Vaalvi (Termite) sees Paresh Mokashi (Harsichandrachi Factory, Chi Va Chi Sau Ka) turns his attention to the tricky business of perfect murders. Aniket (Swwapnil Joshi) and his lover Devika (Shivani Surve) have come up with a fool-proof idea to rid Aniket of his wife Avani (Anita Date-Kelkar). It involves planning to the nanosecond and has no reason not to work.

As is usually the case, the problem isn’t with Plan A. It’s with the great what-if question that has an annoying way of ruining best-laid schemes – the unplanned Plan B. When an unforeseen event takes place, Aniket and Devika are compelled to team up with Anshuman (Subodh Bhave).

The Marathi film has been released in cinemas with English subtitles. Right from the get-go, Mokashi and co-writer Madugandha Kulkarni haul us over to the side of the would-be killers. The film begins with them rehearsing their dastardly actions. Such is the success of Mokashi’s precise plotting that we can neither be faulted for wanting Aniket and Devika to remove Avani from the face of the earth nor blamed at our disappointment when things go belly-up.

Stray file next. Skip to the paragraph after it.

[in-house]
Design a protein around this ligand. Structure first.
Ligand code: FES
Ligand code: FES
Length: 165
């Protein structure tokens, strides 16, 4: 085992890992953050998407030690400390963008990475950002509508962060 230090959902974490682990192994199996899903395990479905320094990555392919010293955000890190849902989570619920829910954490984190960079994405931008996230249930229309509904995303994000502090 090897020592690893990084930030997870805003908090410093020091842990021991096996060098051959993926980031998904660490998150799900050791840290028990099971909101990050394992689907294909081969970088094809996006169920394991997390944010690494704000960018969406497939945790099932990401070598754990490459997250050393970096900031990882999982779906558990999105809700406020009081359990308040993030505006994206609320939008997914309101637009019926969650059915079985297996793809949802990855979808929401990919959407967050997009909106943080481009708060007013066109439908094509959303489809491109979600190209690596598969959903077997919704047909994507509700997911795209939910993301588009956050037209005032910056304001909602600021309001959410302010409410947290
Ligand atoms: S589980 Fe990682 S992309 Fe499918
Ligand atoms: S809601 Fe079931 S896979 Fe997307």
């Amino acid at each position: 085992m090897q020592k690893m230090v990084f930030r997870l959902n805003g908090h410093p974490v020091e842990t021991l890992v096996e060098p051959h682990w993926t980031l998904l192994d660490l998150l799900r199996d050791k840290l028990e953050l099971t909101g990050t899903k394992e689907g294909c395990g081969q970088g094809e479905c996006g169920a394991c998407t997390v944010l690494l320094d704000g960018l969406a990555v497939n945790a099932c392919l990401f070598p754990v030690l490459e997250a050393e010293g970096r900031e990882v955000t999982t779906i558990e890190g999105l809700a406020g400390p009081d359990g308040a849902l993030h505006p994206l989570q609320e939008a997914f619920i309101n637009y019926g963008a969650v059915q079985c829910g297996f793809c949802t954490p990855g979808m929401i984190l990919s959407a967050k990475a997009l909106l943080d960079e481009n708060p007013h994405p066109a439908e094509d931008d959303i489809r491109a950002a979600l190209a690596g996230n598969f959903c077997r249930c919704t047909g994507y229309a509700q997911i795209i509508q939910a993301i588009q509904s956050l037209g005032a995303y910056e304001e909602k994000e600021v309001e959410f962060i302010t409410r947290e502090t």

If Avani induces no sympathy, Aniket, Devika and Anshuman too are local variants of the reptilian creatures from crime lore. Mokashi’s film is similarly cold-blooded in its treatment of hard-boiled fiction. The focus is firmly on the grand Plan A and its shambolic alternative, which descends into agreeable chaos .

At least one of the twists, which comes out of nowhere and is barely convincing, drags the film down. For seasoned followers of films and books on similar lines, the big thrill is in seeing how far the characters – as well as Mokashi – can string us along.

And string us along they do, for the most part of 105 minutes. The pitch-perfect cast has just the right attitude to a movie that invites us to consider the depth of human depravity and instead gives us an efficient and effective cruel comedy, as bloodless as it is ruthless.

Vaalvi (2023).